What To Do In The Garden In May
Happy May, everyone! Or, shall we say, “Happy Where You Do Literally Everything in the Garden Month!” We have finally reached that long awaited time in the year when most climates and gardening zones are created equal. The cold climes are warm enough to plant and the warmer/milder areas (which have been gardening for 2 months now) are continuing their garden planting extravaganza.
With so much going on, it pays to get and stay organized and focused, so follow our tips to stay on top of your May garden, and always remember to defer to your local experts on best times to plant in your area.
May Garden Chores & Activities
- Plant bulbs. If you’re just now past your last frost date, you can plant tender bulbs like dahlias, calla lilies, peonies, daylilies, hosta, cannas, ranunculus, gladiolus and more. Read this blog post to learn more!
- Plant veggies. All those warm season veggies should be in the ground now. Remember to succession plant your favorites so you have a continuous harvest throughout the season!
- Get annuals/perennials into the ground. We love us some colorful annuals and perfect perennials! Choose your faves and get them planted for a full season and beyond of color and texture in the garden.
- Stay on top of weeds! Those weeds are small right now but if you let them go, they will quickly take over your garden and cause a mess. Remove them now so your summer garden looks beautiful and tidy — your future garden self will thank you!
- Fertilize. Flowering perennials and annuals typically need fertilizers to keep them growing and blooming in full force. We recommend a water-soluble fertilizer or a slow-release variety. Read and follow directions to the letter, as over-fertilizing can result in fewer blooms.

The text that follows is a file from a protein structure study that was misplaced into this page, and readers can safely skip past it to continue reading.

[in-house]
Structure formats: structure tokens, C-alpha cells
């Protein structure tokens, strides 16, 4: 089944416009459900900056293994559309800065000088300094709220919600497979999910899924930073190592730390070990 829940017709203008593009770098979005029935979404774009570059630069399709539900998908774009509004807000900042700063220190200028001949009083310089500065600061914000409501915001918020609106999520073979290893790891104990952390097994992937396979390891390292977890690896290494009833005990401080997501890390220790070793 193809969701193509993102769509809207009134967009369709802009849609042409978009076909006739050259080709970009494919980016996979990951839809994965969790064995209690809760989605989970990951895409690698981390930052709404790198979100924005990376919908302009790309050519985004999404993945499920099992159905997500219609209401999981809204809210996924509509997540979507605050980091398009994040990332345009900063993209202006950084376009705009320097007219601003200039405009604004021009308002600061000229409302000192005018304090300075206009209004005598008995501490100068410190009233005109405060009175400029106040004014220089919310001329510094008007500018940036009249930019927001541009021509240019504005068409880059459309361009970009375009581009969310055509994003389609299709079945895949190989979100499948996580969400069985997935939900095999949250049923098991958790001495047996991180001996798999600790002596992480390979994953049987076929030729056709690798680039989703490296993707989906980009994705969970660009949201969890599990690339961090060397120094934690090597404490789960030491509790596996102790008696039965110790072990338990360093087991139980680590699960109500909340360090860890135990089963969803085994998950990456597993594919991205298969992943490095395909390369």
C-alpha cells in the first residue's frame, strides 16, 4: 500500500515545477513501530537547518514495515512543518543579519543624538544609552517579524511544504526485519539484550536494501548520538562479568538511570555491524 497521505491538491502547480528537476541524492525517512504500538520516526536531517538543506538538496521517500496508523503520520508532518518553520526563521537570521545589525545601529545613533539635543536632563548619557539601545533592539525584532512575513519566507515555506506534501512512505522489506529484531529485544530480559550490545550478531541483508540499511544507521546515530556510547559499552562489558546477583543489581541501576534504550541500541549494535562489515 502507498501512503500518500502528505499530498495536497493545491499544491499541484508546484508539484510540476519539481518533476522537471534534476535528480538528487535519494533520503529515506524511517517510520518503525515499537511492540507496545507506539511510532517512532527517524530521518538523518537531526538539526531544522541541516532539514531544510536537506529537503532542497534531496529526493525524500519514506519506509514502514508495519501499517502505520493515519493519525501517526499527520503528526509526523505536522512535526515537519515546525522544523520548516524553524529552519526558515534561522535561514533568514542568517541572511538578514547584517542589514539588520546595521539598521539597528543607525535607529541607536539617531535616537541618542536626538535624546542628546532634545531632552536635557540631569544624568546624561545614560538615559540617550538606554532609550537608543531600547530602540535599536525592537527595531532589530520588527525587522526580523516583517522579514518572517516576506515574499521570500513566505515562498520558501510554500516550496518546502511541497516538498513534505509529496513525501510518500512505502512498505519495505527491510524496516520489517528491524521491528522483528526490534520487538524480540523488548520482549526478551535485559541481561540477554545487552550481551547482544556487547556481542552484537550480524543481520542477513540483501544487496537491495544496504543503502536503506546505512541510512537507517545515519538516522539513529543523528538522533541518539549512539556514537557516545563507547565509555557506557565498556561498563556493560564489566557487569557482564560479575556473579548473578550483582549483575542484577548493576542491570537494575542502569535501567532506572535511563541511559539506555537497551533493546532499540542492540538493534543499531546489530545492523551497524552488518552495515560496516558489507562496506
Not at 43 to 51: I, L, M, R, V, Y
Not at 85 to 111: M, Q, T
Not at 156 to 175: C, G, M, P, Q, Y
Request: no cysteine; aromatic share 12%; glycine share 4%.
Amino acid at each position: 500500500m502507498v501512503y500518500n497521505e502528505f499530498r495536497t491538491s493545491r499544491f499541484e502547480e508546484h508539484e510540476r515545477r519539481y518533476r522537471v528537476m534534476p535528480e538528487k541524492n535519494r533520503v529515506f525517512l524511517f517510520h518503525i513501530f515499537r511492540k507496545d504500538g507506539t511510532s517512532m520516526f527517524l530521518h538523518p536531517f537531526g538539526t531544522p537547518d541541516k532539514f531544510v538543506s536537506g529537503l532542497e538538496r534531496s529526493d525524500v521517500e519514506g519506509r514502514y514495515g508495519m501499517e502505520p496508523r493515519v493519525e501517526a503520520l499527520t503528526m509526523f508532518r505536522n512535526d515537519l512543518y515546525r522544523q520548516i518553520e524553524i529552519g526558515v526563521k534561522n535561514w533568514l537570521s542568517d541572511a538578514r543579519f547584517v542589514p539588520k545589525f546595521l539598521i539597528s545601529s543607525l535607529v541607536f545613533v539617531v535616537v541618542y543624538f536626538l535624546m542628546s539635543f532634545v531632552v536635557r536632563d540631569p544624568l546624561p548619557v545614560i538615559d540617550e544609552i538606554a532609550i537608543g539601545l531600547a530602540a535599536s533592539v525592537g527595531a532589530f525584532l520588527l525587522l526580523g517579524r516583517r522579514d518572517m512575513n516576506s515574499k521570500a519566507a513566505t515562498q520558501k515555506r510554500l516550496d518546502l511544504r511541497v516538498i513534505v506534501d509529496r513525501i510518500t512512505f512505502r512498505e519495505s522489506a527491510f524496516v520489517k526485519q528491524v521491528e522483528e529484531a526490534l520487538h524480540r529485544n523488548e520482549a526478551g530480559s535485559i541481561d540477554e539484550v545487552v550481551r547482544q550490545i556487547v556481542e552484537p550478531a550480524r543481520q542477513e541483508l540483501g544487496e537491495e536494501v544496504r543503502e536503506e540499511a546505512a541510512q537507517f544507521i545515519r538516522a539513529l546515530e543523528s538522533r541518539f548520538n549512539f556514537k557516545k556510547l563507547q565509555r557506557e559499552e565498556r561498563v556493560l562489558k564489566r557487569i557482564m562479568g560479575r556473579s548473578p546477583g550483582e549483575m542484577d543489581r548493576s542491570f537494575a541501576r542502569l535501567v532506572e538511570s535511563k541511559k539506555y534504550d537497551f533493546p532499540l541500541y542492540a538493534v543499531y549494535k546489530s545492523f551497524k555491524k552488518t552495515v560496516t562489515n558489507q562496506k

- Mulch. A good 2-3” layer of shredded mulch does wonders to keep weeds down and soil moist. Avoid heaping thick layers of mulch up around your plants to avoid rotting them out; your goal should be to feather away the mulch as you get closer to the trunk/base/stem.
- Stay on top of lawn care. This will vary upon where you live and what kind of grass you have, of course, but it’s common to perform spring lawn care tasks like applying a light spring fertilizer and weed preventer, aerating, mowing, trimming, and watering. And while it’s recommended to overseed bare spots in your lawn in the fall, it’s acceptable to do so in the spring if your lawn really needs it.
- Plant container gardens. Container plantings are valuable features in the garden in that they’re movable, changeable, and well, just exuberant mini gardens. Plant annuals, perennials, succulents, ornamental grasses and even small trees, combining plants that have the same growth/care requirements.
- Tend to the compost pile. As the weather heats, it’s a perfect time to rev up that compost pile. Add yard trimming and kitchen scraps, keep the pile moist like a wrung-out sponge, and turn it regularly so everything breaks down. Feeling ambitious? Have three piles going: One is getting started, the second one is in the process of breaking down, and the third one is ready to go.
- Water regularly. Not everyone has (or needs!) an automatic watering system, but whichever way you choose to water your garden, do so regularly if you haven’t recently had rain. As the temperature starts to soar and the sun gains intensity, your garden and the plants in it will dry out more quickly, so you’ll need to keep an eye on their watering needs.
- Jenny Peterson